The debate about capital punishment continues. James Garry wrote an article in support of the death penalty, while A.P. Schrader issued a rebuttal claiming that capital punishment cannot be justified, especially on Christian grounds. In this piece, Garry replies to Schrader that the scriptures do allow capital punishment.
My debate with Mr Schrader took an interesting Biblical turn, which I want to make the main thrust of this argument. A few things beforehand:
Mr Schrader suggests that capital punishment supporters carry a card declaring their support for the death penalty and, if ever found guilty of murder, hang them by their pretty white necks. I would agree to carry such a card. The law should apply equally to all murderers and, in spite of my attempts to justify my crime and avert my fate, as is only natural, I should be executed for an act of murder.
As for the blogger Guido Fawkes’/Paul Staines’ e-petition: Even though I have signed his e-petition (a futile gesture, I know) I do disagree with the particulars of the petition, of which Mr Schrader has exposed its illogicality. Namely, state execution should apply when the murder involves: “the murder of children and police officers when killed in the line of duty.”
Murder is most foul no matter to whom it is done. I do not understand why a distinction should be made between on-duty officers and off-duty officers. Or even between police and public. At the heart of this illogicality is a fundamental misunderstanding of what the police are: They are citizens. They are citizens in uniforms. Peel established the police force to be exactly that. They are not distinct from other citizens; they are not more valuable than other citizens; their murders are no more horrific or punishable than murders of other citizens.
All murder should be treated the same. All murder should be punished as such.
Mr Schrader also excites our distaste for capital punishment by reminding us that some of the worst regimes on the planet operate the death penalty: North Korea, The Yemen, Somalia to name but a few. Their lack of democracy and their operation of the death penalty cannot be viewed independently, according to Mr Schrader.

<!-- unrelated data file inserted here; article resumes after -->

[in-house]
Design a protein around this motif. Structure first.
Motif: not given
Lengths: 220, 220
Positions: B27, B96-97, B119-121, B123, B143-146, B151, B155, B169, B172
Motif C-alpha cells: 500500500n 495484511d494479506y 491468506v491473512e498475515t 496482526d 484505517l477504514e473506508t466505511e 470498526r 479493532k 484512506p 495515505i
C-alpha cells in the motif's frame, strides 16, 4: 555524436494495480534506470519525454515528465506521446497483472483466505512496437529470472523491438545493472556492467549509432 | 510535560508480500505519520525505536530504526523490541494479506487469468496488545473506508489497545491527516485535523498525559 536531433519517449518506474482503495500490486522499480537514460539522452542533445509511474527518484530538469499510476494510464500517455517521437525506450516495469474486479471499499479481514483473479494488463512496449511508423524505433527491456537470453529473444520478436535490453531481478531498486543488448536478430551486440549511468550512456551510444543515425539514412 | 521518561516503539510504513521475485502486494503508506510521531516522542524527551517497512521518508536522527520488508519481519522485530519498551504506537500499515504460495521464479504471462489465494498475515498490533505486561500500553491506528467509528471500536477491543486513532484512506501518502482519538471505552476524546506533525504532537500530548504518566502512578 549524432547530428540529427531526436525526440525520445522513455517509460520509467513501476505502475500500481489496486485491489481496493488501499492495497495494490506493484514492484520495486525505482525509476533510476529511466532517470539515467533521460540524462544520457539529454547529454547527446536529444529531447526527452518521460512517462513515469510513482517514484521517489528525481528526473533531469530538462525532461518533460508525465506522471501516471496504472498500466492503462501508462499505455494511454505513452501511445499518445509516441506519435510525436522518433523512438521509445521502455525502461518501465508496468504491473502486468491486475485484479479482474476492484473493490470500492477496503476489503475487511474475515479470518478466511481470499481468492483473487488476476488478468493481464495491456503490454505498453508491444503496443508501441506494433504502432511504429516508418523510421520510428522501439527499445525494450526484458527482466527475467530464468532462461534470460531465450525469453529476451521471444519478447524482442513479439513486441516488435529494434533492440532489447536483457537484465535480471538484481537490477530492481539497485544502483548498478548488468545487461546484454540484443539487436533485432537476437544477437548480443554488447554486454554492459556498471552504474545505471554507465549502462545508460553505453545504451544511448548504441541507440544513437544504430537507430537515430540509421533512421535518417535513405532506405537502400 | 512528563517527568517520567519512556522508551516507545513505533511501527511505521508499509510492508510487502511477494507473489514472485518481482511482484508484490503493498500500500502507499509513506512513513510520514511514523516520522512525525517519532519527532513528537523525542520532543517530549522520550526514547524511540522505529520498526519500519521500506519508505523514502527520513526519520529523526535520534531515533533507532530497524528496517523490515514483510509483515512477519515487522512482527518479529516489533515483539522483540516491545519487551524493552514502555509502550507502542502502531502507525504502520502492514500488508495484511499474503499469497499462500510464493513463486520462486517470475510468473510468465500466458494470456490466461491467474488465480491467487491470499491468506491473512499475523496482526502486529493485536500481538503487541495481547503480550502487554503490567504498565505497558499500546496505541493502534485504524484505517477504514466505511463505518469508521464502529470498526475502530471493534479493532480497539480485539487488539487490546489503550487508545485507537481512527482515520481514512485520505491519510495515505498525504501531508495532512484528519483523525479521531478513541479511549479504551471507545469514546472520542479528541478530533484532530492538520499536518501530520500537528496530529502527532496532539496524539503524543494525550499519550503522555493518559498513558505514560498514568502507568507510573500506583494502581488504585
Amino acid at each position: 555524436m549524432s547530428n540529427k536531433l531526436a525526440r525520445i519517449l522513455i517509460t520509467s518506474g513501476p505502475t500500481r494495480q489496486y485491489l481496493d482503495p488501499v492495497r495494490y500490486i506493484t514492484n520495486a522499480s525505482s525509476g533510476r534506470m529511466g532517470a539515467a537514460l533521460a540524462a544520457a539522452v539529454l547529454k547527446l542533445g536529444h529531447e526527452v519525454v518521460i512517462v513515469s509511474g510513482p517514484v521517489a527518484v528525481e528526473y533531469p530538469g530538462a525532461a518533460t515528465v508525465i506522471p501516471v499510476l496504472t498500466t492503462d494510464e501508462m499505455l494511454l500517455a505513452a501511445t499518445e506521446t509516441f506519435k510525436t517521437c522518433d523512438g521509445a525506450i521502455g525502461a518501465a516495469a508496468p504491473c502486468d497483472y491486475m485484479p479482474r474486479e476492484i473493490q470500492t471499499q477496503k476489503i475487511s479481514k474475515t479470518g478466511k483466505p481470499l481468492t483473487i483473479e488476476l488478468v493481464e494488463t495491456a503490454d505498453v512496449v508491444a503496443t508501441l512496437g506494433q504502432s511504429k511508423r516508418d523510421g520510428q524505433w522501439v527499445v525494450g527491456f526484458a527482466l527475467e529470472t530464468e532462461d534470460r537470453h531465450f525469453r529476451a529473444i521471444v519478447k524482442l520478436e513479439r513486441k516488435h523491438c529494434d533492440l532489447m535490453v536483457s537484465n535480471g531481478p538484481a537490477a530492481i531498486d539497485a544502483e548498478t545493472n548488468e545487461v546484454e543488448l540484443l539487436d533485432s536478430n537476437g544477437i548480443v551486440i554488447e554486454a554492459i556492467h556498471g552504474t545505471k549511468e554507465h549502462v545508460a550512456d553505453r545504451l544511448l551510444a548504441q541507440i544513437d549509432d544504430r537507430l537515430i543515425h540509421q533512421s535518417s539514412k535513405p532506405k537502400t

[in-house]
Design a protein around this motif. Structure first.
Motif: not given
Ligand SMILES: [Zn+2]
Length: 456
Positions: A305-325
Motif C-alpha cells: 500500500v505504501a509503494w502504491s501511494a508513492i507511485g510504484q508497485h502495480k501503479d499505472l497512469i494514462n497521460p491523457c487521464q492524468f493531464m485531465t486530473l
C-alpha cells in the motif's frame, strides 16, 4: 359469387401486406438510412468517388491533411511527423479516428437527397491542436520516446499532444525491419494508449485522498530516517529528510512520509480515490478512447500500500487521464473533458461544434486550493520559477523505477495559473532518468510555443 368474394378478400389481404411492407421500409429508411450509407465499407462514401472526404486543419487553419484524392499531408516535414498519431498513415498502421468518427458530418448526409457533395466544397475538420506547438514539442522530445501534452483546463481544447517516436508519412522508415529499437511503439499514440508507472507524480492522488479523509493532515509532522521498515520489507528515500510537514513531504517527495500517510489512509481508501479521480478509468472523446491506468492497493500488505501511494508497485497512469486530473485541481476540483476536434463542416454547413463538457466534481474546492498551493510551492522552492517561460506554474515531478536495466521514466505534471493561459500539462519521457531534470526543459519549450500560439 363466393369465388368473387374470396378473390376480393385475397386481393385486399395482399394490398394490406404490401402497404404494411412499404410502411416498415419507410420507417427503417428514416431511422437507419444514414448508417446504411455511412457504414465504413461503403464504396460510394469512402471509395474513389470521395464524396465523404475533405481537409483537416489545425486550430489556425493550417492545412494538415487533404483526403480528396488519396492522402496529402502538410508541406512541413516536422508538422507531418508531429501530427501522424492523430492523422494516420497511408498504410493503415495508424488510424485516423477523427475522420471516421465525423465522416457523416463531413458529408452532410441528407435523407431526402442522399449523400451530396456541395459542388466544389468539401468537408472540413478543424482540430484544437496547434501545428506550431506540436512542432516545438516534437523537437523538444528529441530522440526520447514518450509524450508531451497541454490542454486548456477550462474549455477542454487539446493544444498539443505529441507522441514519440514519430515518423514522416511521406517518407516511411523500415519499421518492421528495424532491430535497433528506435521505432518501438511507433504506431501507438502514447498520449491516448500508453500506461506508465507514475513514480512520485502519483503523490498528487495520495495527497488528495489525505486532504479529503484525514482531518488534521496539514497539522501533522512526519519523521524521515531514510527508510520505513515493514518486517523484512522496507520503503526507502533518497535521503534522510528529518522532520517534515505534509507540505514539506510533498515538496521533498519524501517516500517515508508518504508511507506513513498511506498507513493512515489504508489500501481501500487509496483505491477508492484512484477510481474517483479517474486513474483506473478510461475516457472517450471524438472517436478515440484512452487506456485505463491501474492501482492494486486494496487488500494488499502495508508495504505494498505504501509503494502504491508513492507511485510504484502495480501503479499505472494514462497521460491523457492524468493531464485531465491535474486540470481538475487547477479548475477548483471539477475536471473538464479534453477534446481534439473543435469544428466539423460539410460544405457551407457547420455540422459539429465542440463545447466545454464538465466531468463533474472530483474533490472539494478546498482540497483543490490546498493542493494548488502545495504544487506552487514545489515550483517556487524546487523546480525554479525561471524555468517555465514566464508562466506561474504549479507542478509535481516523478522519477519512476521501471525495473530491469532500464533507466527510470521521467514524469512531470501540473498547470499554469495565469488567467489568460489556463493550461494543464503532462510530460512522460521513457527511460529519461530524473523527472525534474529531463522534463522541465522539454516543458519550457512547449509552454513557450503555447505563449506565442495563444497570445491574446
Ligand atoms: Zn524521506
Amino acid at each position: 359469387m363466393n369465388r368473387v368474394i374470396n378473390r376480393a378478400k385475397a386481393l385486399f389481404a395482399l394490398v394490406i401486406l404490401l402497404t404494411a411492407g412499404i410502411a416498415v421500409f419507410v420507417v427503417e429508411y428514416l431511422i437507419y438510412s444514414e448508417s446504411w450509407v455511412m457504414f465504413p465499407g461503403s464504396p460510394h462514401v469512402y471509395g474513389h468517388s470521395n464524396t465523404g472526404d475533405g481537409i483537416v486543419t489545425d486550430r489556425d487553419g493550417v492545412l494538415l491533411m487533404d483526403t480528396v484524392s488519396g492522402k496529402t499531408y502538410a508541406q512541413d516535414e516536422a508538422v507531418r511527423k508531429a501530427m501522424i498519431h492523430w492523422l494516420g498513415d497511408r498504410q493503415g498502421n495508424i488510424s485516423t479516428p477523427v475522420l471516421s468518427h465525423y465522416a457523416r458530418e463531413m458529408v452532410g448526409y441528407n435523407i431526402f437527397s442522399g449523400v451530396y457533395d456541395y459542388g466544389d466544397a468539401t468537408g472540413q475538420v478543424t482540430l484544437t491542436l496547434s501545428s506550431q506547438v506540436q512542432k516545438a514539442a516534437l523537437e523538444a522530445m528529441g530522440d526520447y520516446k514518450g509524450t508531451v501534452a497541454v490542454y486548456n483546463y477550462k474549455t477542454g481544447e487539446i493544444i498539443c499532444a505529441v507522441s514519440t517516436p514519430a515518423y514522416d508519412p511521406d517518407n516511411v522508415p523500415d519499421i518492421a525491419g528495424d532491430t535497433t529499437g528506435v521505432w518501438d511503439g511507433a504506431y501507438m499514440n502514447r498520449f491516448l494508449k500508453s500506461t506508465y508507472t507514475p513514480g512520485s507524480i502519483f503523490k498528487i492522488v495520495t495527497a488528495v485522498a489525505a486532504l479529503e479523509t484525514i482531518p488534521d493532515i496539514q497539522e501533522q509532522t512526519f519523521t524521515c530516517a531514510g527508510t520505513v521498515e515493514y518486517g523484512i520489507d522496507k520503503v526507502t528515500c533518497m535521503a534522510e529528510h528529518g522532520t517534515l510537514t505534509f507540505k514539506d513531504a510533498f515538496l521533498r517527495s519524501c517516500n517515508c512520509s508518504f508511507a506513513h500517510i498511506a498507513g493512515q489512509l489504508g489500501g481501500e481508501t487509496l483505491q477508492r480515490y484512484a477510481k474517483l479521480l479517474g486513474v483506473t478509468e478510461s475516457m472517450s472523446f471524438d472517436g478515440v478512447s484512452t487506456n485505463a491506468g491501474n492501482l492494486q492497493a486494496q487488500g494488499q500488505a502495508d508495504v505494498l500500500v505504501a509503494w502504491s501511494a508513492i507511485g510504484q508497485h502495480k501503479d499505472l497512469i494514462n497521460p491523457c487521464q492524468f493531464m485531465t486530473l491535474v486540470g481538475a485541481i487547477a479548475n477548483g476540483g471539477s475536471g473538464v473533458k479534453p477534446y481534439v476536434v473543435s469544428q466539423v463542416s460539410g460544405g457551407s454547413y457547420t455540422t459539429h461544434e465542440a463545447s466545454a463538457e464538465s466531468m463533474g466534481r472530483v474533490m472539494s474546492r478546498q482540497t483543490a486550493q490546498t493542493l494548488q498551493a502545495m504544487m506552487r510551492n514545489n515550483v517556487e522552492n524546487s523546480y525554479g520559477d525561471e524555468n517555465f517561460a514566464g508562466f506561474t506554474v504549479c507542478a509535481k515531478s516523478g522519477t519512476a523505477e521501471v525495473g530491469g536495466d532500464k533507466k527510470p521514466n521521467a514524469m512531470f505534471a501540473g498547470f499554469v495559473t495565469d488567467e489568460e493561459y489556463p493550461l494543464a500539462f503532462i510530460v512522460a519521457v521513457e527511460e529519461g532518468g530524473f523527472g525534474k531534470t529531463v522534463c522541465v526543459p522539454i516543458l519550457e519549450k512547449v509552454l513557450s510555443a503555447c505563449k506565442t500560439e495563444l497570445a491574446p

I disagree. Britain, at the height of its civilization, operated the death penalty. I would suggest that Britain in the first part of the 20th Century was far more civilised than it is today (look at the London/Birmingham/Manchester/Bristol riots). Britain’s use of the death penalty did not make it any less civilised or any more barbaric.
The reason why there is not a surfeit of examples of countries that use capital punishment in the civilised, democratic Western world is probably because the majority of the civilised, democratic “Western” world countries are found in Europe. Most governments in Europe are in the European Union or want to be a part of it. Union comes at the price of abolishing capital punishment. Outside of Europe, the civilised “West” includes America and Canada (and with a stroke of geographical ingenuity also Australia and New Zealand). So, outside of Europe, where civilised democracies can freely employ the death penalty, one out of two do. Or one out of four, whichever way you want to look at it.
On the subject of democracy and the death penalty, we should also remember that the Worlds Biggest Democracy, India, has a death penalty.
On to Biblical exegesis: Mr Schrader, as a Christian, considers that all human life is sacred, hence his opposition to euthanasia, abortion and capital punishment. I, however, am vehemently opposed to abortion and euthanasia but in favour of capital punishment. I am accused of hypocrisy. The injunction “Thou shalt not kill” is invoked to underline the wrongness of all murder, including capital murder.
I disagree that my reasoning is false or hypocritical or that my desire for capital punishment violates God’s greatest injunction. On the contrary, my position is not hypocritical and completely in line with God’s commandments. When God said “Thou shalt not kill” he means precisely that: Youhave no right to kill anyone. But God does have the authority to sanction the death penalty and he authorises use of the death penalty for murder: “He that smiteth a man, so that he die, shall be surely put to death.” This is from Exodus (21:12), the same Exodus in which Moses communicates the ten commandments, including the injunction “Thou shalt not kill”, to the Israelites.
There is no way around this. God condones capital punishment in some circumstances and permits authorities to use it. He does not permit individuals to assume the authority to kill others. As the apostle Paul says in Romans: “Let every soul be subject unto the higher powers. For there is no power but of God: the powers that be are ordained of God. Whosoever therefore resisteth the power, resisteth the ordinance of God: and they that resist shall receive to themselves damnation.”